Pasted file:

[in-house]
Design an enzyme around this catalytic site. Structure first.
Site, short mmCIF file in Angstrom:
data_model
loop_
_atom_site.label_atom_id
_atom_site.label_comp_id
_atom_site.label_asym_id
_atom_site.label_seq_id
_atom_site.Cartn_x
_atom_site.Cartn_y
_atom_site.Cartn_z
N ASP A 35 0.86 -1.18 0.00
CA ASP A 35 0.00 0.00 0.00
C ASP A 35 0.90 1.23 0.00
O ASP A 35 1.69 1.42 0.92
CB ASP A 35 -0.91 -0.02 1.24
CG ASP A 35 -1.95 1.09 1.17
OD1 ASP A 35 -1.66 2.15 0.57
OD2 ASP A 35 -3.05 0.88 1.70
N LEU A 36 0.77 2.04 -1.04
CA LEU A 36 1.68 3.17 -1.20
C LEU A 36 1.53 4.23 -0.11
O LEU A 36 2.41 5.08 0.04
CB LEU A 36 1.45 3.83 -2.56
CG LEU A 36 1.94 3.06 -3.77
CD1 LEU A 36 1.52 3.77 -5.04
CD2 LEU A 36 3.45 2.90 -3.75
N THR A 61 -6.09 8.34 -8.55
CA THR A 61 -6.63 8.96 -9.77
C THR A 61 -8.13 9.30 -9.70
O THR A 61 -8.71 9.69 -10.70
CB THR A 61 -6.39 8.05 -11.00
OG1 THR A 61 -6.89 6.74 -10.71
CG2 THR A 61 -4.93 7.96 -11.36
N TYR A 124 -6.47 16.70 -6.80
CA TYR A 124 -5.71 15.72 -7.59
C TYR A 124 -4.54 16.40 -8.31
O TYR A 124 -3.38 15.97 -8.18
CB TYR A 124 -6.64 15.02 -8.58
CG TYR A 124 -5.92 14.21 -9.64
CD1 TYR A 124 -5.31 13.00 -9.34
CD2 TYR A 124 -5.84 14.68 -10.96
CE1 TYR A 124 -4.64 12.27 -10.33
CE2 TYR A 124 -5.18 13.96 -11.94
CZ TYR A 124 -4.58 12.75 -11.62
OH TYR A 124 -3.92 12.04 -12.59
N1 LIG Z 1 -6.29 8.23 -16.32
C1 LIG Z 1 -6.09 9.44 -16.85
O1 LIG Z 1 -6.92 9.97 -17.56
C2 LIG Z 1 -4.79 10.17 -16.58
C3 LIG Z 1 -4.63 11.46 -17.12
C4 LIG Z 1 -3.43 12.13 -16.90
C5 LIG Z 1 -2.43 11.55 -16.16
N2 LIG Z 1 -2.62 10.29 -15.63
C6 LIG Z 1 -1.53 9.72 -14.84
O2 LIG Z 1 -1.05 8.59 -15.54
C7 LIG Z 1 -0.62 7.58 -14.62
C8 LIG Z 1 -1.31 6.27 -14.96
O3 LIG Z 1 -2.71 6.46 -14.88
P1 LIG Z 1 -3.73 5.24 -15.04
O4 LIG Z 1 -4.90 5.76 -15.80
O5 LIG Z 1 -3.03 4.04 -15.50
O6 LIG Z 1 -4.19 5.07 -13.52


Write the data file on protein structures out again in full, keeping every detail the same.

[in-house]
Design an enzyme around this catalytic site. Structure first.
Site, short mmCIF file in Angstrom:
data_model
loop_
_atom_site.label_atom_id
_atom_site.label_comp_id
_atom_site.label_asym_id
_atom_site.label_seq_id
_atom_site.Cartn_x
_atom_site.Cartn_y
_atom_site.Cartn_z
N ASP A 35 0.86 -1.18 0.00
CA ASP A 35 0.00 0.00 0.00
C ASP A 35 0.90 1.23 0.00
O ASP A 35 1.69 1.42 0.92
CB ASP A 35 -0.91 -0.02 1.24
CG ASP A 35 -1.95 1.09 1.17
OD1 ASP A 35 -1.66 2.15 0.57
OD2 ASP A 35 -3.05 0.88 1.70
N LEU A 36 0.77 2.04 -1.04
CA LEU A 36 1.68 3.17 -1.20
C LEU A 36 1.53 4.23 -0.11
O LEU A 36 2.41 5.08 0.04
CB LEU A 36 1.45 3.83 -2.56
CG LEU A 36 1.94 3.06 -3.77
CD1 LEU A 36 1.52 3.77 -5.04
CD2 LEU A 36 3.45 2.90 -3.75
N THR A 61 -6.09 8.34 -8.55
CA THR A 61 -6.63 8.96 -9.77
C THR A 61 -8.13 9.30 -9.70
O THR A 61 -8.71 9.69 -10.70
CB THR A 61 -6.39 8.05 -11.00
OG1 THR A 61 -6.89 6.74 -10.71
CG2 THR A 61 -4.93 7.96 -11.36
N TYR A 124 -6.47 16.70 -6.80
CA TYR A 124 -5.71 15.72 -7.59
C TYR A 124 -4.54 16.40 -8.31
O TYR A 124 -3.38 15.97 -8.18
CB TYR A 124 -6.64 15.02 -8.58
CG TYR A 124 -5.92 14.21 -9.64
CD1 TYR A 124 -5.31 13.00 -9.34
CD2 TYR A 124 -5.84 14.68 -10.96
CE1 TYR A 124 -4.64 12.27 -10.33
CE2 TYR A 124 -5.18 13.96 -11.94
CZ TYR A 124 -4.58 12.75 -11.62
OH TYR A 124 -3.92 12.04 -12.59
N1 LIG Z 1 -6.29 8.23 -16.32
C1 LIG Z 1 -6.09 9.44 -16.85
O1 LIG Z 1 -6.92 9.97 -17.56
C2 LIG Z 1 -4.79 10.17 -16.58
C3 LIG Z 1 -4.63 11.46 -17.12
C4 LIG Z 1 -3.43 12.13 -16.90
C5 LIG Z 1 -2.43 11.55 -16.16
N2 LIG Z 1 -2.62 10.29 -15.63
C6 LIG Z 1 -1.53 9.72 -14.84
O2 LIG Z 1 -1.05 8.59 -15.54
C7 LIG Z 1 -0.62 7.58 -14.62
C8 LIG Z 1 -1.31 6.27 -14.96
O3 LIG Z 1 -2.71 6.46 -14.88
P1 LIG Z 1 -3.73 5.24 -15.04
O4 LIG Z 1 -4.90 5.76 -15.80
O5 LIG Z 1 -3.03 4.04 -15.50
O6 LIG Z 1 -4.19 5.07 -13.52